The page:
The Disabled States of America: regional disparities in healthy life expectancy

m6228a1f3The CDC recently released their latest data on healthy life expectancy across the US. The data reveal stark inequalities not only in overall death rates, but moreover in how extremely disabled various parts of the country are as compared to healthier areas.


The concept of “healthy life expectancy” (HLE) refers to the idea that life expectancy itself doesn’t capture common states of chronic disability; in theory, medicine and public health are not just striving to achieve longer lives, but happier, less painful ones. HLE measures both mortality (death rates) and morbidity (health status, or quality of life measures). In addition to helping predict where health services might be needed the most, HLE measures over time also give a sense of how well public health and healthcare systems might be functioning, and how heavily the “social determinants of health” (e.g., pollution, stress-related disease, injury from neighborhood violence, work-related injury) may be falling disproportionately on some populations over others.

To determine state-level HLE estimates, the CDC used data from the National Vital Statistics Systems (NVSS), along with data from the US Census and the Behavioral Risk Factor Surveillance System (BRFSS) to calculate HLEs for persons aged 65 years, by sex and race, for each of the 50 states and the District of Columbia. [For those interesting learning how to analyze these datasets, we’ve shared (free, open-source) statistical code for such an analysis on our Stanford laboratory website.]

The HLE calculations indicate that, during 2007–2009, as per usual, women had a greater HLE than men at age 65 years across the country. Those results in themselves may not be new, but what’s of particular interest is the size and trend over time in regional disparities in HLE. Among both men and women, HLE was less in the South than elsewhere in the United States by as much as six years. Furthermore, HLE among particularly older women appears to be falling in some groups rather than improving.

HLE was also greater for Whites than for Blacks in all states from which sufficient data were available, but with some notable exceptions (see the map below for HLE at age 65, by state). A few southwestern states actually did not have this disparity: Nevada and New Mexico in particular. But this doesn’t appear to be cause for celebration; rather than “catching up” with Whites, it appears that Blacks may have relatively stable HLE in these states while poorer Whites (particularly women) may actually have declining HLE. The largest difference in HLE between whites and blacks was 7.8 years in Iowa.


Some recent analyses have tried to understand the underlying determinants beneath these regional disparities in HLE, which do not appear to be related to poverty and its correlates alone. While a famous paper published in 2006 claimed that longevity in America was divided into eight regions with different mortality levels that couldn’t be explained by conventional hypotheses (poverty, race, healthcare access, etc.), a recent analysis found a common set of other “social determinants of health” could in fact explain much of the racial disparities between Whites and Blacks in terms of survival (S70: survival from birth to age 70) across the US.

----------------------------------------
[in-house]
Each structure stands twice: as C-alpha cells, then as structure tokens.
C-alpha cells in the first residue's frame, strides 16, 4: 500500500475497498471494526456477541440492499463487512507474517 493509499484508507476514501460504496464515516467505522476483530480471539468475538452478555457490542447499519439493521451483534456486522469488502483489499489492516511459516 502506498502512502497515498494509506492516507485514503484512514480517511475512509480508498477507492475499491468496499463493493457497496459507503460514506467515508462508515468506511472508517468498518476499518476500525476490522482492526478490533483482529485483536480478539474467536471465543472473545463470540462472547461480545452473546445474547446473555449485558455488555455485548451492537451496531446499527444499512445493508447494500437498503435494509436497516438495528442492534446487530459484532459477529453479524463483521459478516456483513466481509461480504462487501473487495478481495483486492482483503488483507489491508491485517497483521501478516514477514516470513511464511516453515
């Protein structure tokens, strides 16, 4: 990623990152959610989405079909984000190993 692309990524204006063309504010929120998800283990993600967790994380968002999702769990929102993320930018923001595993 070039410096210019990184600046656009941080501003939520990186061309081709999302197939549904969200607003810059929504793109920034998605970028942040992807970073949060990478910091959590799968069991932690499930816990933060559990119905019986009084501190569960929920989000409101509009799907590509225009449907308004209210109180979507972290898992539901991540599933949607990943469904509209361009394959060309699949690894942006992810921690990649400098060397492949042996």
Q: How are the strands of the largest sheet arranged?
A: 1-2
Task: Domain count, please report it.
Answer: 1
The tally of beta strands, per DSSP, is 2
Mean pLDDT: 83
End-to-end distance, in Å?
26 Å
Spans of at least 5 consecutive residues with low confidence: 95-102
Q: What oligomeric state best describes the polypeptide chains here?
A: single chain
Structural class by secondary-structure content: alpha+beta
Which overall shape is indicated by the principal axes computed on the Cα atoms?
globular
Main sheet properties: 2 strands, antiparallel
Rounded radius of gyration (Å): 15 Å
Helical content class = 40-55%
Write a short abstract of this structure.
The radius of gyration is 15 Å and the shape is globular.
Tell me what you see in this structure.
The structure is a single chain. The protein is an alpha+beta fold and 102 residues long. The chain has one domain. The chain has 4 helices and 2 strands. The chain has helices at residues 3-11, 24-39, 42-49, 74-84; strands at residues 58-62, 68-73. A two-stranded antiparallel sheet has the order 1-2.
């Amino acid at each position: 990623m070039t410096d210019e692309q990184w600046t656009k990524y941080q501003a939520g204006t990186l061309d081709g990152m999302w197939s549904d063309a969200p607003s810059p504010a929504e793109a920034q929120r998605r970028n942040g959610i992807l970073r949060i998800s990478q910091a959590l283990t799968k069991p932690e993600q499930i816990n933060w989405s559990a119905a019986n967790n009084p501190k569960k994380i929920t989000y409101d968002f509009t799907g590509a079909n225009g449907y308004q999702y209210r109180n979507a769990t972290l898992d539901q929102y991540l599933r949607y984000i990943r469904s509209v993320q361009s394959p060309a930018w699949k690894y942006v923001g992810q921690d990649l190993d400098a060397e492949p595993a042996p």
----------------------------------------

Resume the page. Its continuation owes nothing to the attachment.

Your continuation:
Further extensive studies have found that rather than shrinking over time (as would be expected if such regional inequalities were just a historical vestige of racism being repaired slowly with more-equal generations), there has actually been a steady increase in mortality inequality across US regions, even though the disparities between racial groups has narrowed. Female mortality appears to have increased in a large number of areas, much of it not explained by conventional correlates of disease like income, education or race. Further work into this problem suggests that the disparity may start very early in life and manifest even among middle-aged adults, not just among older persons. This may be due to factors like drug overdose. The early manifestation of disparities in death rates also appears to explain a lot of the gap between the US and European countries, where life expectancy is significantly better despite not much of the death rate being explained by differences in healthcare systems.

What appears to be a common theme in extensive reviews of these data is that the health of individuals is driven in part by the health of neighborhoods–and early causes of death (violence, drug overdose) as well as later causes (chronic diseases related to poor nutrition and tobacco use) cluster in ways that aren’t simply about income or education or historical racism alone, but were previously well-correlated to those factors and have now evolved into the ‘structural landscape’ of unhealthy neighborhoods where social norms influence disease risks cyclically (smoking, drug overdose, food availability/quality, violence, pollution), and the inability to improve neighborhoods (chronically low tax bases and poor representation) are all wrapped up together to manifest in ill health over time among both sexes, many race/ethnicities, and both low- and some middle-income populations that can’t escape the neighborhood. The frustrating aspect of such explanations related to the “social determinants of health”, however, is their vagueness; isolating those states and counties that have improved HLE recently may provide the suitable “natural experiments” to identify sources of success or failure in understanding these neighborhood influences on health and identifying effective programs to mitigate the negative trends. Some databases have started to gather the information necessary to conduct such analyses; we look forward to seeing some results from the study of that data in the near future…

Comments are closed.